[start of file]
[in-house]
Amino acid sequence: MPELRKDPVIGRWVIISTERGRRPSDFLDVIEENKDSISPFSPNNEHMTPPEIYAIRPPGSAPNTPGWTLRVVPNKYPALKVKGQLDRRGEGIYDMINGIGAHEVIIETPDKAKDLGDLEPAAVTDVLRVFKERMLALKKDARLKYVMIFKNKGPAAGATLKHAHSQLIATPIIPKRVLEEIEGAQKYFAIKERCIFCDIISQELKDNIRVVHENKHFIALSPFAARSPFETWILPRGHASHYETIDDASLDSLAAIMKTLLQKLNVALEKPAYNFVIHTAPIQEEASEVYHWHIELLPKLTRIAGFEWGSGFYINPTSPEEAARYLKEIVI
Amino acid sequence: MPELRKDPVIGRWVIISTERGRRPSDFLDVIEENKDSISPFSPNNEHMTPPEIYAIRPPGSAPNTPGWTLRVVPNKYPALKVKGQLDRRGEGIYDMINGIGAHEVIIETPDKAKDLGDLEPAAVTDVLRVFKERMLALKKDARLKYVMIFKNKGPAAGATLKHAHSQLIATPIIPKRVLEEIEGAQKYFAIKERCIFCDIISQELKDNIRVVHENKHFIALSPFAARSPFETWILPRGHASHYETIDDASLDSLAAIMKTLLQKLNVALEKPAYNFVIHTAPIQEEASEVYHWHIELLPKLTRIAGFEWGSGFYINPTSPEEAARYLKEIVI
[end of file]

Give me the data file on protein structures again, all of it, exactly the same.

[in-house]
Amino acid sequence: MPELRKDPVIGRWVIISTERGRRPSDFLDVIEENKDSISPFSPNNEHMTPPEIYAIRPPGSAPNTPGWTLRVVPNKYPALKVKGQLDRRGEGIYDMINGIGAHEVIIETPDKAKDLGDLEPAAVTDVLRVFKERMLALKKDARLKYVMIFKNKGPAAGATLKHAHSQLIATPIIPKRVLEEIEGAQKYFAIKERCIFCDIISQELKDNIRVVHENKHFIALSPFAARSPFETWILPRGHASHYETIDDASLDSLAAIMKTLLQKLNVALEKPAYNFVIHTAPIQEEASEVYHWHIELLPKLTRIAGFEWGSGFYINPTSPEEAARYLKEIVI
Amino acid sequence: MPELRKDPVIGRWVIISTERGRRPSDFLDVIEENKDSISPFSPNNEHMTPPEIYAIRPPGSAPNTPGWTLRVVPNKYPALKVKGQLDRRGEGIYDMINGIGAHEVIIETPDKAKDLGDLEPAAVTDVLRVFKERMLALKKDARLKYVMIFKNKGPAAGATLKHAHSQLIATPIIPKRVLEEIEGAQKYFAIKERCIFCDIISQELKDNIRVVHENKHFIALSPFAARSPFETWILPRGHASHYETIDDASLDSLAAIMKTLLQKLNVALEKPAYNFVIHTAPIQEEASEVYHWHIELLPKLTRIAGFEWGSGFYINPTSPEEAARYLKEIVI